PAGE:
One of the main goals you should have on any golf shot is to strike the ball solidly. Achieving a solid strike doesn’t mean the ball is going to wind up near to the target, of course, but it certainly is a good start.
If you can combine a clean strike with other elements like proper aim, a good swing path, appropriate face angle, and more, you’ll be left with a shot that serves you well.
There are a few ways you can miss-hit the ball, and one of those is the thin shot. In the vocabulary of a golfer, a ‘thin’ shot is one which is struck low on the face.
Hitting the ball just a bit thin might mean hitting it only a single groove below the sweet spot. On the other hand, you could hit your shot extremely thin and barely make contact at all. In that case, the leading edge of the club would strike somewhere around the middle of the ball, and the shot would struggle to get off the ground.
Moving away from thin shots and toward clean strikes is a powerful way to make yourself a better golfer.
A Likely Culprit of Thin Golf Shots
Often, it is assumed that there is some technical flaw in the golf swing which causes the player to thin the golf ball. While that is certainly possible, and we will touch on some potential mechanical problems in the next section, we want to first talk about something a little less technical.
It might be that if you are thinning the ball regularly it is actually your tempo which is to blame.
Poor tempo is not uncommon in the amateur game. If you watch the average driving range on a busy weekend afternoon, you’ll see players with all sorts of poor swing tempos. Most of those are rushed, and that is frequently the case for golfers who struggle with thin shots.
If you frequently hit the ball thin, it might be that your tempo is actually the root cause. By rushing through the swing, you don’t give your body a chance to rotate through correctly, and you wind up missing low on the face.
Just by slowing things down, especially during your transition, you could find that the sweet spot becomes much easier to hit.
Mechanical Issues that Cause Thin Shots
Below, we have listed three potential mechanical problems that could be plaguing your golf swing. When you start to notice a frustrating pattern of thin shots in your game, be sure to take the time to consider each of these three errors.
It might be that you aren’t actually making any of these mistakes. However, going through this list will at least eliminate some common problems, and you can keep working from there. Hopefully, your issue will be on this list, and you can start fixing it right away.
#1 Picking Your Head (Eyes) Up Early
This is a swing mistake that is as old as the game itself. There is a reason that ‘keep your head down’ is such common golf advice – many players fail to do so.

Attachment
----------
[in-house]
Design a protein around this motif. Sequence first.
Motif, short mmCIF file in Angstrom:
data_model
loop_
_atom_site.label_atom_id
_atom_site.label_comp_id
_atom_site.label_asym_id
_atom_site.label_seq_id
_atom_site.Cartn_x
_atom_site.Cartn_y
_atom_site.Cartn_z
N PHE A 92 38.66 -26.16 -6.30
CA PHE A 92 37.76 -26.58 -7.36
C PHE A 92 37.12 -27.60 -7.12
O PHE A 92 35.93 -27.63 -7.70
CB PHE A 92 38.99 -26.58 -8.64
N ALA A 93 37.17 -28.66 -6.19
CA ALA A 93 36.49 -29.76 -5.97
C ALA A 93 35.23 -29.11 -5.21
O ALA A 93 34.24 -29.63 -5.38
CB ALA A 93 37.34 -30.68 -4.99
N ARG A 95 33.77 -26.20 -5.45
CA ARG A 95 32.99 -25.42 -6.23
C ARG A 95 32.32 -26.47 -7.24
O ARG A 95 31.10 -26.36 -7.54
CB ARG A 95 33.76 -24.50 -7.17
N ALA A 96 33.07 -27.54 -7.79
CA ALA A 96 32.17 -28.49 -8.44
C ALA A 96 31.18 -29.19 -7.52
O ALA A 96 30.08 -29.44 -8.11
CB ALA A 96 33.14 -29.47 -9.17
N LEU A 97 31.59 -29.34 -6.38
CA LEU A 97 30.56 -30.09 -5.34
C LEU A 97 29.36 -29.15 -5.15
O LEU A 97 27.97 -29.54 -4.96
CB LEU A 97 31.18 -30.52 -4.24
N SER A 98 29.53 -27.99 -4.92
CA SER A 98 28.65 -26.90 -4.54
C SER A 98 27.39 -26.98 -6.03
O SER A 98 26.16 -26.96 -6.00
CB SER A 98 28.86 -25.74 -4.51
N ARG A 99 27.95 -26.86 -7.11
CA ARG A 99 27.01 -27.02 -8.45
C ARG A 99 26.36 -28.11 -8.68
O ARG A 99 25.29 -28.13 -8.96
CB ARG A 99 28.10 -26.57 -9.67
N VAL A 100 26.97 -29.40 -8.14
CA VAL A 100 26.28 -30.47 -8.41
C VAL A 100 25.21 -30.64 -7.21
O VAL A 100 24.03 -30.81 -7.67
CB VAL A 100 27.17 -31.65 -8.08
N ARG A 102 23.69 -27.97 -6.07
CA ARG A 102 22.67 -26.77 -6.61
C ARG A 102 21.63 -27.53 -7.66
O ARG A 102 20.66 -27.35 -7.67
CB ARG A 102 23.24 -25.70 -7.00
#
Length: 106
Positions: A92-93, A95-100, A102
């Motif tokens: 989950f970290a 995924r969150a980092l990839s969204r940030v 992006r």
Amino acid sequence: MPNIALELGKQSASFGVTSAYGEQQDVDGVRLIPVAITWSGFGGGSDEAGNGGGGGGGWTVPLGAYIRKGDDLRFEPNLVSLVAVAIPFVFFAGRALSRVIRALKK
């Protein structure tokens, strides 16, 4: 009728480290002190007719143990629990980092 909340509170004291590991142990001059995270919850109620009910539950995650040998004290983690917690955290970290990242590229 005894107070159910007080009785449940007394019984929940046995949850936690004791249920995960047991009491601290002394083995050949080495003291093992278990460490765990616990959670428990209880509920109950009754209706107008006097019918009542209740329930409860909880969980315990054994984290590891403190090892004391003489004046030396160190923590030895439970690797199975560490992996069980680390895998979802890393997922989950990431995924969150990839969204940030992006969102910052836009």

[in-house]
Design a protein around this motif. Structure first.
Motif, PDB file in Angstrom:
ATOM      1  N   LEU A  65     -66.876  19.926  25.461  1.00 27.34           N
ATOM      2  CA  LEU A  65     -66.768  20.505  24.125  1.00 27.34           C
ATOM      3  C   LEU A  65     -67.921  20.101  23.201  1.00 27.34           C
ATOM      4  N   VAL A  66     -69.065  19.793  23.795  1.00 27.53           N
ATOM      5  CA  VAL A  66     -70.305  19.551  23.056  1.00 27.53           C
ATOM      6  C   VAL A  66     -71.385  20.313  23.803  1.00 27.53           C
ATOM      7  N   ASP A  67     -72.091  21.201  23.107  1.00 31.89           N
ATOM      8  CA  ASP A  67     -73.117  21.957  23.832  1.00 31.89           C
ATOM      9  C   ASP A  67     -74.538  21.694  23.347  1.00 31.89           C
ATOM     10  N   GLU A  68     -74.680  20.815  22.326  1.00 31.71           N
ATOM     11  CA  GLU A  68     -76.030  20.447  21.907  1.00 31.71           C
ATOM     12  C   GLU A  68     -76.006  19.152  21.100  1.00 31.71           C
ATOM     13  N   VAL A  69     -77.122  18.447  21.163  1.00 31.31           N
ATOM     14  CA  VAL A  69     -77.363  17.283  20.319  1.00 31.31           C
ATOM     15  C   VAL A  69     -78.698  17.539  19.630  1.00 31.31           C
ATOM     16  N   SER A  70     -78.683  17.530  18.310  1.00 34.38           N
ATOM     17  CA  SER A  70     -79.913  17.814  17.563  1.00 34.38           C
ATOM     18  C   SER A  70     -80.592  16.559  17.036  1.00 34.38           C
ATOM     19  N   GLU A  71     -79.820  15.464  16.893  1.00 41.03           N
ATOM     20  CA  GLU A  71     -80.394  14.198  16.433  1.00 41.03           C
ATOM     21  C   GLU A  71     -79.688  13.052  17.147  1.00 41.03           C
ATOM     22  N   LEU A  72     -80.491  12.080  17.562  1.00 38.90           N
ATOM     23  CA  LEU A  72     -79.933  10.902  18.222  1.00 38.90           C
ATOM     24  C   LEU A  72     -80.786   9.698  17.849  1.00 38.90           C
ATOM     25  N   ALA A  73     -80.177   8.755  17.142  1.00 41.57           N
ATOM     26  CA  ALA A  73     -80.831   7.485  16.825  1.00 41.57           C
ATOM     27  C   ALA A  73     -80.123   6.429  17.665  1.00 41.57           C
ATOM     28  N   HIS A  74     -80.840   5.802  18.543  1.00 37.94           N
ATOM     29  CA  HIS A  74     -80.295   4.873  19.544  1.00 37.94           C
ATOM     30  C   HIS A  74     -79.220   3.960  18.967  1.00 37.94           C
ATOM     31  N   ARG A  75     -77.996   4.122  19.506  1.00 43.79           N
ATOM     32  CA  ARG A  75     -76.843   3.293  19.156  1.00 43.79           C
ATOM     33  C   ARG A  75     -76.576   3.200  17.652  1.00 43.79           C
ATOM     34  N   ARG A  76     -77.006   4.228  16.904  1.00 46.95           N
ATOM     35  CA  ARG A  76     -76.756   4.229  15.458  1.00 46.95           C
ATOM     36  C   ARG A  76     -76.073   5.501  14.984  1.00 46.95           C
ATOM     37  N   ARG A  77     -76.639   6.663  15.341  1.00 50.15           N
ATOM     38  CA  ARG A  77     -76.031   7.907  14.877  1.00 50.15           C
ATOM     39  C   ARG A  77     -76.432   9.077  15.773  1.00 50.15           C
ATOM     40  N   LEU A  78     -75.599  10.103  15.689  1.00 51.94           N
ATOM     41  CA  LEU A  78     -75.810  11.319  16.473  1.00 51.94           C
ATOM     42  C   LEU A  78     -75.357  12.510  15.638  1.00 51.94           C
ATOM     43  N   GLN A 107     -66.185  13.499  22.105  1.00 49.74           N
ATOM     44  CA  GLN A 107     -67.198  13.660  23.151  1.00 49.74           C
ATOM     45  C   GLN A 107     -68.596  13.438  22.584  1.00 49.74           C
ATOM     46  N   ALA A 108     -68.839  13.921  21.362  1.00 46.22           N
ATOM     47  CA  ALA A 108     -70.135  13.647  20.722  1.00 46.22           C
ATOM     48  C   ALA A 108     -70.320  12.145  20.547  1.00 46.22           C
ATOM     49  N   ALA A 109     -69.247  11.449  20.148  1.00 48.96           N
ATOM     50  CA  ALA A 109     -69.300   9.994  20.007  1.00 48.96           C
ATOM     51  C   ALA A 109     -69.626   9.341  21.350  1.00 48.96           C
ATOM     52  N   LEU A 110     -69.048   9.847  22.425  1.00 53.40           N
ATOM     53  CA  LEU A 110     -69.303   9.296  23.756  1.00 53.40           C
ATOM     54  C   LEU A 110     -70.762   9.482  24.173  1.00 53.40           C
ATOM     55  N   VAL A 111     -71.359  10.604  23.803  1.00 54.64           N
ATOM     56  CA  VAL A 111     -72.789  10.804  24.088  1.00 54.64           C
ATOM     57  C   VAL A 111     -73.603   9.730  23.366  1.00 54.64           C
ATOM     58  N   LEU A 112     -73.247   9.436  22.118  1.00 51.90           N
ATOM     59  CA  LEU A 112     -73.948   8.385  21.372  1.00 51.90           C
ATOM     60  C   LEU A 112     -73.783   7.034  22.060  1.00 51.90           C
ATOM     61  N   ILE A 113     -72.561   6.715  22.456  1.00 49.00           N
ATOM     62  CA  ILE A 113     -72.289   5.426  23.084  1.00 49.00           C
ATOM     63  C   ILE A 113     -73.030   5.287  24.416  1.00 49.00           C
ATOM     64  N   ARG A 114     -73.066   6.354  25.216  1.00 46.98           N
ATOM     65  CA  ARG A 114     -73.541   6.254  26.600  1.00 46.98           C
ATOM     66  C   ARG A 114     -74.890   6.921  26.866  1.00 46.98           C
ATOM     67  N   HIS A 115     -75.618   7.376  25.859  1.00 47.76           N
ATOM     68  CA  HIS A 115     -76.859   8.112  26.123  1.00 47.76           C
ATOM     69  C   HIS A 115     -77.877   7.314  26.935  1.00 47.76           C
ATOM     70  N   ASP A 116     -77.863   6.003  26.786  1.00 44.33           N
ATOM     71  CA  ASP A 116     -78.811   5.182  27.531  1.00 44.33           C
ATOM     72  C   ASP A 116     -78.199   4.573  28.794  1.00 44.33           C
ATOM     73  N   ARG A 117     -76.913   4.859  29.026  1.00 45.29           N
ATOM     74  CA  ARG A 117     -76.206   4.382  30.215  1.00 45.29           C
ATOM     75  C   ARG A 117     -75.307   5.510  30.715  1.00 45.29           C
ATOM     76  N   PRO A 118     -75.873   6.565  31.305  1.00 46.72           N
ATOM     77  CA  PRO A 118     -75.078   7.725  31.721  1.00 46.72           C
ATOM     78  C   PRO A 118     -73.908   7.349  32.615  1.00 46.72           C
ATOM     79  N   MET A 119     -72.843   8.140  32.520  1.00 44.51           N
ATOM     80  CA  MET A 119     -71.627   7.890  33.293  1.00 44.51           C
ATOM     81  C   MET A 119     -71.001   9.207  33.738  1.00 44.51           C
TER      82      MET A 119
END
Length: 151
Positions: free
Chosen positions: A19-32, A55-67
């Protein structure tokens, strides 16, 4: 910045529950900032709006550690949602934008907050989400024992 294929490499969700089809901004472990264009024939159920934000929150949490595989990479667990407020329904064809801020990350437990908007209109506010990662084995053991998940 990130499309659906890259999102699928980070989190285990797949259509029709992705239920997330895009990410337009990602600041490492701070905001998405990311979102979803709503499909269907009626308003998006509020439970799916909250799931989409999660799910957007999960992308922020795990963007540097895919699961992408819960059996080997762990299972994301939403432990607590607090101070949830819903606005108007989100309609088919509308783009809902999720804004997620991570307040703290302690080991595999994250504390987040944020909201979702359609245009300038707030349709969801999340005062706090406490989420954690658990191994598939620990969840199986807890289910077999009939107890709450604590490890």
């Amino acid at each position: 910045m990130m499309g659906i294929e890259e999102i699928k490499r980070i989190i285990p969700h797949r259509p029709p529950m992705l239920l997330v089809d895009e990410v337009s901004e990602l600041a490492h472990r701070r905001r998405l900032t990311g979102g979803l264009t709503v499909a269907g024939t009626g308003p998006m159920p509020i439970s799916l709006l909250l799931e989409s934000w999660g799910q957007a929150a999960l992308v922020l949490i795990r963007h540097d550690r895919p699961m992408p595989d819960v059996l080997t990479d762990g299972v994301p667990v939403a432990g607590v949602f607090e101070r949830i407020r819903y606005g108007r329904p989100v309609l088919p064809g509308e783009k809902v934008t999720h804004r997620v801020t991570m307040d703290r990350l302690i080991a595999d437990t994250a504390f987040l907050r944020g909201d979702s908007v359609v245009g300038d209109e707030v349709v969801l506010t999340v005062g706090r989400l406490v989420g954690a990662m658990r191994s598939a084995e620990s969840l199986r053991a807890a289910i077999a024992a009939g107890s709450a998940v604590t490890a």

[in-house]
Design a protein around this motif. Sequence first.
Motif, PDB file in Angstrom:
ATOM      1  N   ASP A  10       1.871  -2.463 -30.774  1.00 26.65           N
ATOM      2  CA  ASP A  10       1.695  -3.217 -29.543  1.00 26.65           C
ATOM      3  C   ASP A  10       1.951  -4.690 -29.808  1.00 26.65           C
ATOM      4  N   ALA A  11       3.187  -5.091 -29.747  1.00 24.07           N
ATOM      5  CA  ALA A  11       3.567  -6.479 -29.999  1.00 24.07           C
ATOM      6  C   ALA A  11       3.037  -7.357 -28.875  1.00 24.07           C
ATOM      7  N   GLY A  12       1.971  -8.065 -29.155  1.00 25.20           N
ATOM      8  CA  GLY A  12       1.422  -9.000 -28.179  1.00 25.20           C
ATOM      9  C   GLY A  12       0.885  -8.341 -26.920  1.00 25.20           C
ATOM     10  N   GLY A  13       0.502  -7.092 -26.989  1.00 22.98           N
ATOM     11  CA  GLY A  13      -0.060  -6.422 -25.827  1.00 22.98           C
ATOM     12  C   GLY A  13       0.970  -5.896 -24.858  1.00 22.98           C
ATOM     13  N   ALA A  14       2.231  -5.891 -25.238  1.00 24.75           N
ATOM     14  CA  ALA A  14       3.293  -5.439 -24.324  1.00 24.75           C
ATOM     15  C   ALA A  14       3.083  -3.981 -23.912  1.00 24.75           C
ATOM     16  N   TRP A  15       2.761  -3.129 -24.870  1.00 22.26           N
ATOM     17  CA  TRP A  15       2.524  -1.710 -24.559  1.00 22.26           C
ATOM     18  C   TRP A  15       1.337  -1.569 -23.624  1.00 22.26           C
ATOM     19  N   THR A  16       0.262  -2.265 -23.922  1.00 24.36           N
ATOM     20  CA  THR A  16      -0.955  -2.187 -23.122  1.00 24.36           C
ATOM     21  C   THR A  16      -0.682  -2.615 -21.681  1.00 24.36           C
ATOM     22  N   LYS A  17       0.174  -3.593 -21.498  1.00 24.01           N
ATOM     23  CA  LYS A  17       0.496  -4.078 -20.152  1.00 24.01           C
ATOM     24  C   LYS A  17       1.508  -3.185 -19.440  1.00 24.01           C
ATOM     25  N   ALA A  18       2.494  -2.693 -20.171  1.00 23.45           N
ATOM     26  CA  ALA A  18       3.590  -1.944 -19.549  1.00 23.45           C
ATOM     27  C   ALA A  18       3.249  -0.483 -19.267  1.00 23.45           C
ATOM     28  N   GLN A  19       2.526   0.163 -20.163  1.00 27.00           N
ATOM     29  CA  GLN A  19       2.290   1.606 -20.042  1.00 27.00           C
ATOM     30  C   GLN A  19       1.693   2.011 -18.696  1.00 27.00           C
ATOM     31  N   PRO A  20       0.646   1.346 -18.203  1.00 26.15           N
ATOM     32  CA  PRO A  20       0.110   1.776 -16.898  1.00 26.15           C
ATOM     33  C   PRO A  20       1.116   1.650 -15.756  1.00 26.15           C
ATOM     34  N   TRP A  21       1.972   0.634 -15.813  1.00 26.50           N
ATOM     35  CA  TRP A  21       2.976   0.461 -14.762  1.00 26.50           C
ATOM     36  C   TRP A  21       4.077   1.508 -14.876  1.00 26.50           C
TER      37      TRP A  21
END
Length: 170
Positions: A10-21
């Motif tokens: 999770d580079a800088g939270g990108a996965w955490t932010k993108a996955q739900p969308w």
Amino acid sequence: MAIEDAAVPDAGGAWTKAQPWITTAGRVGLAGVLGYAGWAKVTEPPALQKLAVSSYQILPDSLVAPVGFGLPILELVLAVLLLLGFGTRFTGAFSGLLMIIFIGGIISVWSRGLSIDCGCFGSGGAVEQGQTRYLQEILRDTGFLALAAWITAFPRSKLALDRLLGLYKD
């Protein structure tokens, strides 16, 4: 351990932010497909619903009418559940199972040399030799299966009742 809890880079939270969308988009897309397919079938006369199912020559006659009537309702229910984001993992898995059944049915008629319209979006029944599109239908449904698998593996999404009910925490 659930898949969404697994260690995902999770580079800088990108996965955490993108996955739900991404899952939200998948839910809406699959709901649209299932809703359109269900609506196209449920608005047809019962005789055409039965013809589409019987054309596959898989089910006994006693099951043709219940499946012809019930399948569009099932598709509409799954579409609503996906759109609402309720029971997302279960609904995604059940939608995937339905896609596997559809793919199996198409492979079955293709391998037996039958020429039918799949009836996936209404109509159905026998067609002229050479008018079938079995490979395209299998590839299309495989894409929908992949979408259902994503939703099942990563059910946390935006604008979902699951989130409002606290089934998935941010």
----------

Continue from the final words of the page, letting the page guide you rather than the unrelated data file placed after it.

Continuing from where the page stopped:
You don’t necessarily want to focus on keeping your head down and still during the swing, as doing so can restrict the freedom of movement you need to make a great turn. What you do want to do, however, is to keep your eyes down on the ball all the way from start to finish. Make sure the ball is gone before allowing yourself to look up.
If you follow this simple rule of keeping your eyes on the ball, it’s almost certain that you won’t pull your head up out of the swing early. And, if your head doesn’t come up early, the rest of your upper body shouldn’t make that mistake, either.
#2 Poor Ball Position
It may be that your thin shots are the result of nothing more than bad ball position. If you line up with the ball too far forward in your stance – in other words, too far to the left (for righties) as you are looking down from address – you may contact the ball after the club is already on the upswing. That is going to make thin contact very likely, and maybe even probable.
If you feel like the rest of your swing is in good shape but you keep hitting thin shots, try adjusting your ball position and see if you improve.
#3 Early Release
The early release in the downswing is an extremely common problem among amateur players. Many golfers use their right hand to fire the club head at the ball long before they should, and they lose both power and accuracy in the process.
If you are letting your right hand play too much of an active role in the downswing, you might be promoting the very thin shots you are trying to eliminate.
If you can manage to hold on to your release until later in the downswing, you should make better contact – and have more power as well.
Building Trust in Your Swing
One of the problems you are going to have to get over is the issue of doubting your swing on the course. If you’ve hit enough thin shots recently, you might have a hard time believing in yourself when it comes time to perform on the links.
This is where practice becomes so important. Work on hitting enough good shots on the range that you can’t help but believe in yourself when playing a round.
You are never going to completely eliminate thin shots from your game. It’s always going to be the case that you’ll hit the ball thin from time to time, so don’t be too hard on yourself when it happens.
Your goal should not be to wipe out thin shots totally, as that isn’t realistic, but rather to decrease their frequency.
If you can make thin shots a rare occurrence, and make solid shots the norm in your game, that change can only mean good things for your performance.